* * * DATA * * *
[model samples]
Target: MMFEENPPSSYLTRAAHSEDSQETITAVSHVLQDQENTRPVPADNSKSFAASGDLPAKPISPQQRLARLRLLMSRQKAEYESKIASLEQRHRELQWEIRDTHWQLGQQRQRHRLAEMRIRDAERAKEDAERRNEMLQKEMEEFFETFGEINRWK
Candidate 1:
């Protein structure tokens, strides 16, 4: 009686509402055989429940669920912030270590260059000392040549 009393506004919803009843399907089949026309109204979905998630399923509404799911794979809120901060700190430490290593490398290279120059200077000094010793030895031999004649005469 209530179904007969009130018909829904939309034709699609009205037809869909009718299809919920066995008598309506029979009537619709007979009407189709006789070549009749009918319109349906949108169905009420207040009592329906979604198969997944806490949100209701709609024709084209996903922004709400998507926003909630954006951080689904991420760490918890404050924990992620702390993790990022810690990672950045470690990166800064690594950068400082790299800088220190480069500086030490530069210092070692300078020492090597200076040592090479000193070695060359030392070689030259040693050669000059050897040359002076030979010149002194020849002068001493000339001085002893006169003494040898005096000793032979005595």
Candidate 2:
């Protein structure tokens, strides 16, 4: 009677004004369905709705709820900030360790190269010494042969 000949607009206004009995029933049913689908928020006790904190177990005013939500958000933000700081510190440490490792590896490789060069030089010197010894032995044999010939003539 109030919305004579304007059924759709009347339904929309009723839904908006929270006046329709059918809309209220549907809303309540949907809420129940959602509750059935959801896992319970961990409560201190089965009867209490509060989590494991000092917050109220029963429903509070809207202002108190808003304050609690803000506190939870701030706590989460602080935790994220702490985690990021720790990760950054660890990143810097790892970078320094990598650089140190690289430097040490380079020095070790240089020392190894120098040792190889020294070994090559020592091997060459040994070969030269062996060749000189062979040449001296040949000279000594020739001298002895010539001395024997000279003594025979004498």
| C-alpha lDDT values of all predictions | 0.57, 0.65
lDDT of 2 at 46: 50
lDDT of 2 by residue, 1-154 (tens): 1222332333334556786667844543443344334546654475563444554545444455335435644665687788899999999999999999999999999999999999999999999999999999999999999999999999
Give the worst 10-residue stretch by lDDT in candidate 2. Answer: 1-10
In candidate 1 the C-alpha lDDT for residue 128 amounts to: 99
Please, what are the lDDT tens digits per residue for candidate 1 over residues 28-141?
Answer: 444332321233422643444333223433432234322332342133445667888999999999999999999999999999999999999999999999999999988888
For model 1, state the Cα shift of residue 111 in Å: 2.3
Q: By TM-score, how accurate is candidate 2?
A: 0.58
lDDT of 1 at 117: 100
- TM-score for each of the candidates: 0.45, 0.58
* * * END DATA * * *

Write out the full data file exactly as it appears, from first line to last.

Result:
[model samples]
Target: MMFEENPPSSYLTRAAHSEDSQETITAVSHVLQDQENTRPVPADNSKSFAASGDLPAKPISPQQRLARLRLLMSRQKAEYESKIASLEQRHRELQWEIRDTHWQLGQQRQRHRLAEMRIRDAERAKEDAERRNEMLQKEMEEFFETFGEINRWK
Candidate 1:
């Protein structure tokens, strides 16, 4: 009686509402055989429940669920912030270590260059000392040549 009393506004919803009843399907089949026309109204979905998630399923509404799911794979809120901060700190430490290593490398290279120059200077000094010793030895031999004649005469 209530179904007969009130018909829904939309034709699609009205037809869909009718299809919920066995008598309506029979009537619709007979009407189709006789070549009749009918319109349906949108169905009420207040009592329906979604198969997944806490949100209701709609024709084209996903922004709400998507926003909630954006951080689904991420760490918890404050924990992620702390993790990022810690990672950045470690990166800064690594950068400082790299800088220190480069500086030490530069210092070692300078020492090597200076040592090479000193070695060359030392070689030259040693050669000059050897040359002076030979010149002194020849002068001493000339001085002893006169003494040898005096000793032979005595």
Candidate 2:
């Protein structure tokens, strides 16, 4: 009677004004369905709705709820900030360790190269010494042969 000949607009206004009995029933049913689908928020006790904190177990005013939500958000933000700081510190440490490792590896490789060069030089010197010894032995044999010939003539 109030919305004579304007059924759709009347339904929309009723839904908006929270006046329709059918809309209220549907809303309540949907809420129940959602509750059935959801896992319970961990409560201190089965009867209490509060989590494991000092917050109220029963429903509070809207202002108190808003304050609690803000506190939870701030706590989460602080935790994220702490985690990021720790990760950054660890990143810097790892970078320094990598650089140190690289430097040490380079020095070790240089020392190894120098040792190889020294070994090559020592091997060459040994070969030269062996060749000189062979040449001296040949000279000594020739001298002895010539001395024997000279003594025979004498």
| C-alpha lDDT values of all predictions | 0.57, 0.65
lDDT of 2 at 46: 50
lDDT of 2 by residue, 1-154 (tens): 1222332333334556786667844543443344334546654475563444554545444455335435644665687788899999999999999999999999999999999999999999999999999999999999999999999999
Give the worst 10-residue stretch by lDDT in candidate 2. Answer: 1-10
In candidate 1 the C-alpha lDDT for residue 128 amounts to: 99
Please, what are the lDDT tens digits per residue for candidate 1 over residues 28-141?
Answer: 444332321233422643444333223433432234322332342133445667888999999999999999999999999999999999999999999999999999988888
For model 1, state the Cα shift of residue 111 in Å: 2.3
Q: By TM-score, how accurate is candidate 2?
A: 0.58
lDDT of 1 at 117: 100
- TM-score for each of the candidates: 0.45, 0.58